No media available

Emmanuel: Today a Light Has Come

Into the quiet and restless darkness, today a light has come.


Many of our great Christmas hymns have tried to capture that night many years ago, where the great power of the universe met us in the tender innocence of a child born among animals and starlight. 


In the Bleak Midwinter, Silent Night, It came upon a midnight clear, O Holy Night. 


Somehow there is resonance of celebrating today where the hustle and energy that would normally fill this beautiful building, comes from a service in a Cavernous Cathedral to a video camera.


The nature of joy as we experience it in our lives on earth, is not the definition of being happy all the time. Joy comes in knowing that hope is with us always, celebration comes with gratitude and our value is recognized and appreciated by others.


One of the great experiences we have on this day is that amongst the most complex wonder that we can contemplate: the incarnation, the idea that the God who created the world came to us, took on human flesh and lived among us; there is the simplicity of joy in the experience that we witness or reminisce of what the excitement of waking up on Christmas Day as a child feels like. In our traditions, in the food, or the decorations on the tree.


This time of year, this day in particular is the most special day to be around family, to be with children or grandchildren, to see the joy on the faces those we exchange gifts with, and this year for so many of us this will be different from what we know. In that definition of joy, it may be hard for us to feel like we can experience the true spirit of what this season is and what this day means to us as Christians if we are alone today, or if we are not with those who we love.


But the unquestioned search for or expectation of joy can lead us away from what this day means. Today means Emmanuel. God is one of us.


Emmanuel means the one who formed the very shape of the contours of our world, graced it with presence, touch and footprints. The place and atmosphere our Holy maker formed, became the fabric by which our God’s own being was sustained, nourished and fed. We experience this earth as sacred, because we as Christians believe that the one who made it participated in its joys. Creation was experienced through God’s own eyes, nose, taste, touch and sound. Our God learned to speak, learned to walk. Jesus laughed, he cried and loved.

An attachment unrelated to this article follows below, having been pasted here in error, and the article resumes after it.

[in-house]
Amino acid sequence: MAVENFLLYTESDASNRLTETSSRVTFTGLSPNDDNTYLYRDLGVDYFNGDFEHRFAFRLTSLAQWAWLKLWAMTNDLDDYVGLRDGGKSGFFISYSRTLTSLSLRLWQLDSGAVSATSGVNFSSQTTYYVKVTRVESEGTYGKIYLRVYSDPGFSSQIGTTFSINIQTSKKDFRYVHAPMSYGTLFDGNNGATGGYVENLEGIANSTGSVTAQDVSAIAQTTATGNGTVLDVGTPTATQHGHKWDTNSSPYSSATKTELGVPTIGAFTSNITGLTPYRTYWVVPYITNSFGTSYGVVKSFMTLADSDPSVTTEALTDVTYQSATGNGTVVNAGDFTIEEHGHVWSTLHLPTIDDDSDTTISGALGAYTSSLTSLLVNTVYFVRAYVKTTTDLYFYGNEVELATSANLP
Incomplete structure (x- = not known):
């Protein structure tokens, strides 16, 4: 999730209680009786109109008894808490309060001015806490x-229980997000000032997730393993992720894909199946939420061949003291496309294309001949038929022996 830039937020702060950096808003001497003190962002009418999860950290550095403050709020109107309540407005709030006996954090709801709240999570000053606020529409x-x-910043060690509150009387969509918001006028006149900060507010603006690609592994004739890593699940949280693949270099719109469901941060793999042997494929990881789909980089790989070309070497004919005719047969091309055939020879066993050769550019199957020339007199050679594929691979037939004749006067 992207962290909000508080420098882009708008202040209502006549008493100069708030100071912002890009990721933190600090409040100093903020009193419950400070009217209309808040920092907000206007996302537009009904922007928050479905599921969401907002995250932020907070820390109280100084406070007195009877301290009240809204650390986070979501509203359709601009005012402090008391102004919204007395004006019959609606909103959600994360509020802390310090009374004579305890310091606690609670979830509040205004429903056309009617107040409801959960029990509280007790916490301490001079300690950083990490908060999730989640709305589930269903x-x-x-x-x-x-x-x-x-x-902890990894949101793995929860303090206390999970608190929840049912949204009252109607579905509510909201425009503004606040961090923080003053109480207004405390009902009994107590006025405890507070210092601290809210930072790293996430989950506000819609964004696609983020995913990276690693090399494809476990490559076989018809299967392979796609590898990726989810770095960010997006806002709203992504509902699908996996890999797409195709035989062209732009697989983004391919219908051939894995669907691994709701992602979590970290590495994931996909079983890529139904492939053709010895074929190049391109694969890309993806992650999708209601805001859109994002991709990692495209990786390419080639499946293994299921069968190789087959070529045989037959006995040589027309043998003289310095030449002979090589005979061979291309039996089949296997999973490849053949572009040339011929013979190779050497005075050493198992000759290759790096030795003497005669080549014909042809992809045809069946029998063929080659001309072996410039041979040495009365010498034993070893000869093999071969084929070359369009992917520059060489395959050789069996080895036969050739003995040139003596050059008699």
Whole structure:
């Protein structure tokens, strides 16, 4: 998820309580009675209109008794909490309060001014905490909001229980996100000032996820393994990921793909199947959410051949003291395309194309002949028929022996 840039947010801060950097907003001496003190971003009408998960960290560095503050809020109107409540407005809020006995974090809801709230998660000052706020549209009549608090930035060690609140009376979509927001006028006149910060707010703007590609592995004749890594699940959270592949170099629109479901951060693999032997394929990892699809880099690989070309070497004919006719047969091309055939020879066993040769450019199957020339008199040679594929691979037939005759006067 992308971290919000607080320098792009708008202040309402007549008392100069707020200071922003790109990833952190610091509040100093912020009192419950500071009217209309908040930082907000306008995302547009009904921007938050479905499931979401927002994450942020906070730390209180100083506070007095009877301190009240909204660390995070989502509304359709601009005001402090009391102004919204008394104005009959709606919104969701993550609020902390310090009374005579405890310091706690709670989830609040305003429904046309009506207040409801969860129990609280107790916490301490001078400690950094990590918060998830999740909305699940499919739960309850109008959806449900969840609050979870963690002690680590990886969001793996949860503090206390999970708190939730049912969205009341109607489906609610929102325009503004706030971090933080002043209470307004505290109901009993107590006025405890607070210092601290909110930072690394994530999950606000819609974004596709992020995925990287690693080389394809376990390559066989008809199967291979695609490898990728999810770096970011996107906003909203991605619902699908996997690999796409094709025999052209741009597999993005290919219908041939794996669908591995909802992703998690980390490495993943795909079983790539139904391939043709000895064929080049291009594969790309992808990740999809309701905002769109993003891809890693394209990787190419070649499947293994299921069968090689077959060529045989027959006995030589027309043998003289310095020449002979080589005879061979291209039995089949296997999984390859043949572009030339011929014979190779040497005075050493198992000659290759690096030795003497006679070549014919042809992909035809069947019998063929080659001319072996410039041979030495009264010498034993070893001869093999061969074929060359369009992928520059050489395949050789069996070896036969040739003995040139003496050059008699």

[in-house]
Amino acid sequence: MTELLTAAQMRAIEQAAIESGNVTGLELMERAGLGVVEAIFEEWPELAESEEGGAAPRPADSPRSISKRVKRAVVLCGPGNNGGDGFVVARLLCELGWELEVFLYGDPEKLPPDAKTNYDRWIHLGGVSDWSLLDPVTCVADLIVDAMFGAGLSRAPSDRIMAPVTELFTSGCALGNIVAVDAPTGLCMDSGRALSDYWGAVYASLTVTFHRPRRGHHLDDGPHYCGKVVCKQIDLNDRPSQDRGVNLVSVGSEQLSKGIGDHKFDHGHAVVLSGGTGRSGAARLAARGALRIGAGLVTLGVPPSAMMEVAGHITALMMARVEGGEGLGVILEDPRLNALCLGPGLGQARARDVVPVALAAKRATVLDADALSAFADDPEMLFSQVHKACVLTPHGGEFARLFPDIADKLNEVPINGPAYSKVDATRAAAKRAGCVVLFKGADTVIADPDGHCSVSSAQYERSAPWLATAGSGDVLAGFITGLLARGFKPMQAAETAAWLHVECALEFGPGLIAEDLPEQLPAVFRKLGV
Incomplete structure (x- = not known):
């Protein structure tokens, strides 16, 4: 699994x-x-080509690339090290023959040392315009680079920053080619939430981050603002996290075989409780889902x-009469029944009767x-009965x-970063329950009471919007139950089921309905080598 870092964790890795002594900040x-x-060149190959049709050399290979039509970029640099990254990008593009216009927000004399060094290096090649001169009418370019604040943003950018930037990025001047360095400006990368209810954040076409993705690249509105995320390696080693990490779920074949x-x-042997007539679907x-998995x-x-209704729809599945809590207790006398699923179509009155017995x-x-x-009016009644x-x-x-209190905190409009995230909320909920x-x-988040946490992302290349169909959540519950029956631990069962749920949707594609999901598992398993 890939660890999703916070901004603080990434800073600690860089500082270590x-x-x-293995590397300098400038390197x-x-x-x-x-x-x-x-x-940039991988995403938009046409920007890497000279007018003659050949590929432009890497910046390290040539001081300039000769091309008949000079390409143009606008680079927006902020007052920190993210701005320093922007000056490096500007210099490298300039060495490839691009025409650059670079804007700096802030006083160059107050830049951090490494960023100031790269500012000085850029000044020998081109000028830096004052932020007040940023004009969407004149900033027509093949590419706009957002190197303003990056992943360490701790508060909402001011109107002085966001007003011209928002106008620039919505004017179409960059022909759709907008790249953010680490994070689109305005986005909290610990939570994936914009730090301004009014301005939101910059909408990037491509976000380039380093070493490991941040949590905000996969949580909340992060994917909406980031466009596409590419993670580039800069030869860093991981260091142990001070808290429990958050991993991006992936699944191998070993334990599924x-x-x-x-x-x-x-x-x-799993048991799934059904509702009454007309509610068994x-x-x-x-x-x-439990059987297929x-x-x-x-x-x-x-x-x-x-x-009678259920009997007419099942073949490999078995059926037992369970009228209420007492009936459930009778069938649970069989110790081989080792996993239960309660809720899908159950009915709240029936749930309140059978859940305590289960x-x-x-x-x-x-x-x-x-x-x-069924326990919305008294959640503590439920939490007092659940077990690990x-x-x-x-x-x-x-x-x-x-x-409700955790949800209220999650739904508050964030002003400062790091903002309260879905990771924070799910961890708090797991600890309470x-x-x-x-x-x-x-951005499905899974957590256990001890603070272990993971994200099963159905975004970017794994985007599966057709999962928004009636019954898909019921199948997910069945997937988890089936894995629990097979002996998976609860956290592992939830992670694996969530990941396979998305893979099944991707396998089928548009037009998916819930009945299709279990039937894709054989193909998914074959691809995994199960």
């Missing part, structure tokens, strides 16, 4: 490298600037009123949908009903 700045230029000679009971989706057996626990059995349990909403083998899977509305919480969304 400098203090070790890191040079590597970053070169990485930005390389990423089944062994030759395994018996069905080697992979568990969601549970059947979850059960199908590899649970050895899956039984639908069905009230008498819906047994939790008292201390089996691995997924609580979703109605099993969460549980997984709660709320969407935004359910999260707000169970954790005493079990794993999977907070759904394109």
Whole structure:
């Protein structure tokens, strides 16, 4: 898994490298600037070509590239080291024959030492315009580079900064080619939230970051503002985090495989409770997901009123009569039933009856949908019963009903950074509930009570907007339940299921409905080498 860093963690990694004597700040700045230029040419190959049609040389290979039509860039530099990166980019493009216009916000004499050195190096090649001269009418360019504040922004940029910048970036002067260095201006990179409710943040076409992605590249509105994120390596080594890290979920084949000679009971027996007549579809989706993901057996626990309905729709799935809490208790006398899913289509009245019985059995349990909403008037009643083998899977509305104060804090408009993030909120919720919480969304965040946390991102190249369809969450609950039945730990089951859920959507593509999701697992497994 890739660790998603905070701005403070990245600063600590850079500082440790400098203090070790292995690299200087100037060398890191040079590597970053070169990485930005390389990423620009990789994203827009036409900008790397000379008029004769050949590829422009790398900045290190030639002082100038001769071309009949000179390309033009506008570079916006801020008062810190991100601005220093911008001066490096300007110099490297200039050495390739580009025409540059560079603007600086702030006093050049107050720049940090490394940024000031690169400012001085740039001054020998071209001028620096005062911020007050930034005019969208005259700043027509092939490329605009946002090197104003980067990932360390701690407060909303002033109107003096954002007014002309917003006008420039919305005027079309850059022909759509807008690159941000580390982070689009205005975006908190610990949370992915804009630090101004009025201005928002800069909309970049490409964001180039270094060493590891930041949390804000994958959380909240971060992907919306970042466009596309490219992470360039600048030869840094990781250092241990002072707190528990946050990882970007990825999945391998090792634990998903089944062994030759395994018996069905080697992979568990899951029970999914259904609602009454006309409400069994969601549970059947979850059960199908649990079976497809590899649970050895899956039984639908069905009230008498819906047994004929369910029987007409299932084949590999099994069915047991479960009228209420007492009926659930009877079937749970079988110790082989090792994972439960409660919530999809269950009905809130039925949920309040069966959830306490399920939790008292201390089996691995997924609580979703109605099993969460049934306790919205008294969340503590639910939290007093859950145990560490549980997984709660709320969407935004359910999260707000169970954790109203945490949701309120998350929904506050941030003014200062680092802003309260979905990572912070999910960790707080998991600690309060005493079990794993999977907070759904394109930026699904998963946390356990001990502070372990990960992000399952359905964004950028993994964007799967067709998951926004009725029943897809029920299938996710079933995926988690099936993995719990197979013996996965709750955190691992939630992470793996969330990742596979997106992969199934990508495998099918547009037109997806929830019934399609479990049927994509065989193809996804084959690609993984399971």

The celebration that we have of Christ coming is not held alone. The festivals of Christmas and Easter rely on each other for their meaning, our Gospel stories were written with the knowledge of Easter and in the meaning of Emmanuel we experience that the God of our creation came among us, participated in our fragile human condition and shared in our suffering.


Through advent the hymn O come O come Emmanuel has resounded more and more with what we are going through. This year as I’ve listened to that hymn, I’ve begun to hear the O Come O Come more and more as a plea, that in our lives of change and struggle, a call that we say for Christ to come, for God to share in our pain and strife. 


The pain and suffering that our redeemer went through on the cross is what draws weight to the story of innocence and peace that we witness today.

The Christmas story reminds us that through participating in our humanity our God was born of a human mother, was loved and cherished by a family, was greeted by kings and shepherds.


The knowledge of this is especially poignant right now.


Emmanuel God is with us, means that we are not alone. Our God knows our suffering, Our God knows our trials, our loneliness and our grief.


To have a God who knows our grief and suffering is truly the greatest joy of Christmas. Because joy is the hope in our darkness.


To comfort our grief when we lose someone in our life, we turn to the people who know the pain and the agony of grief. We are only able to open ourselves up and be vulnerable with people who we trust can relate to the pain that we are experiencing. We allow those to share in our grief who have themselves shouldered that burden of loss. Because it is only someone who has experienced that pain and suffering, that won’t try and make it better. There is nothing that we can say in words to someone who has lost a loved one that will magically heal them. 


Grief does not work like that, in the same way that joy cannot be manufactured. 


Emmanuel means that God, much like the person who sits with us in our grief, recognizes that what we need is presence and companionship.


Emmanuel means that we are held in love and care, through compassion and empathy in a way that transcends our human condition and is a balm for our soul.


Jesus knew what being afraid feels like, Jesus knows what it is to be alone. 


The power of the Christmas story and the coming of Christ as a child is one that breathes life and connection for us in the way that we experience our God. The powerful maker of the universe spent time with us as a vulnerable infant. 


That connection means that if we want to see Jesus as a friend, a companion, a role model, a teacher, a saviour, or a redeemer, we can. 


If the image of God as being something too big for us to comprehend is too much for us, we can see God through the eyes of a child. 


Into the quiet and restless darkness, today a light has come.